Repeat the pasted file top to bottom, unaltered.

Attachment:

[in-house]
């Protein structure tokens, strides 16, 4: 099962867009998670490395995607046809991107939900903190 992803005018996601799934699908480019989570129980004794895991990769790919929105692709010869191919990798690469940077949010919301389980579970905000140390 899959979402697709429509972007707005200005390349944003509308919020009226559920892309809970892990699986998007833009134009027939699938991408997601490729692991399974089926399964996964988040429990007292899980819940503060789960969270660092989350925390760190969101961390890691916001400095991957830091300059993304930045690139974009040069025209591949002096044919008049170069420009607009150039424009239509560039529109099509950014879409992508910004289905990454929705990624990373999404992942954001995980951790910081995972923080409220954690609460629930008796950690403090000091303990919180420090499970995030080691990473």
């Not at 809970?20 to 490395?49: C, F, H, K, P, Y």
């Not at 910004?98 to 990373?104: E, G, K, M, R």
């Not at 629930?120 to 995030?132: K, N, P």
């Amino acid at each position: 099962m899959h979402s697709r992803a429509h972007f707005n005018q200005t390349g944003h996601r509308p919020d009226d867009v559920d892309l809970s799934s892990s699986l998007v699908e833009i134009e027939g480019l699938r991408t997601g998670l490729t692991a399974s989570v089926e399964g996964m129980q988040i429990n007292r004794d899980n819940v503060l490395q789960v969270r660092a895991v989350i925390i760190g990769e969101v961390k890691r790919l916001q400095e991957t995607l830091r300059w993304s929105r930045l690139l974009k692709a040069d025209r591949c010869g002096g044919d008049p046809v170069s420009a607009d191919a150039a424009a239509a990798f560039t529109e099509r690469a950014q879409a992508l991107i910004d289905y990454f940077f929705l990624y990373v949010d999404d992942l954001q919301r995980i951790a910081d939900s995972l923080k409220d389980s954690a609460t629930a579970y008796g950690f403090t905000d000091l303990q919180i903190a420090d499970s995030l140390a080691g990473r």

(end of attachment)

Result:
[in-house]
């Protein structure tokens, strides 16, 4: 099962867009998670490395995607046809991107939900903190 992803005018996601799934699908480019989570129980004794895991990769790919929105692709010869191919990798690469940077949010919301389980579970905000140390 899959979402697709429509972007707005200005390349944003509308919020009226559920892309809970892990699986998007833009134009027939699938991408997601490729692991399974089926399964996964988040429990007292899980819940503060789960969270660092989350925390760190969101961390890691916001400095991957830091300059993304930045690139974009040069025209591949002096044919008049170069420009607009150039424009239509560039529109099509950014879409992508910004289905990454929705990624990373999404992942954001995980951790910081995972923080409220954690609460629930008796950690403090000091303990919180420090499970995030080691990473």
């Not at 809970?20 to 490395?49: C, F, H, K, P, Y």
């Not at 910004?98 to 990373?104: E, G, K, M, R």
């Not at 629930?120 to 995030?132: K, N, P």
């Amino acid at each position: 099962m899959h979402s697709r992803a429509h972007f707005n005018q200005t390349g944003h996601r509308p919020d009226d867009v559920d892309l809970s799934s892990s699986l998007v699908e833009i134009e027939g480019l699938r991408t997601g998670l490729t692991a399974s989570v089926e399964g996964m129980q988040i429990n007292r004794d899980n819940v503060l490395q789960v969270r660092a895991v989350i925390i760190g990769e969101v961390k890691r790919l916001q400095e991957t995607l830091r300059w993304s929105r930045l690139l974009k692709a040069d025209r591949c010869g002096g044919d008049p046809v170069s420009a607009d191919a150039a424009a239509a990798f560039t529109e099509r690469a950014q879409a992508l991107i910004d289905y990454f940077f929705l990624y990373v949010d999404d992942l954001q919301r995980i951790a910081d939900s995972l923080k409220d389980s954690a609460t629930a579970y008796g950690f403090t905000d000091l303990q919180i903190a420090d499970s995030l140390a080691g990473r």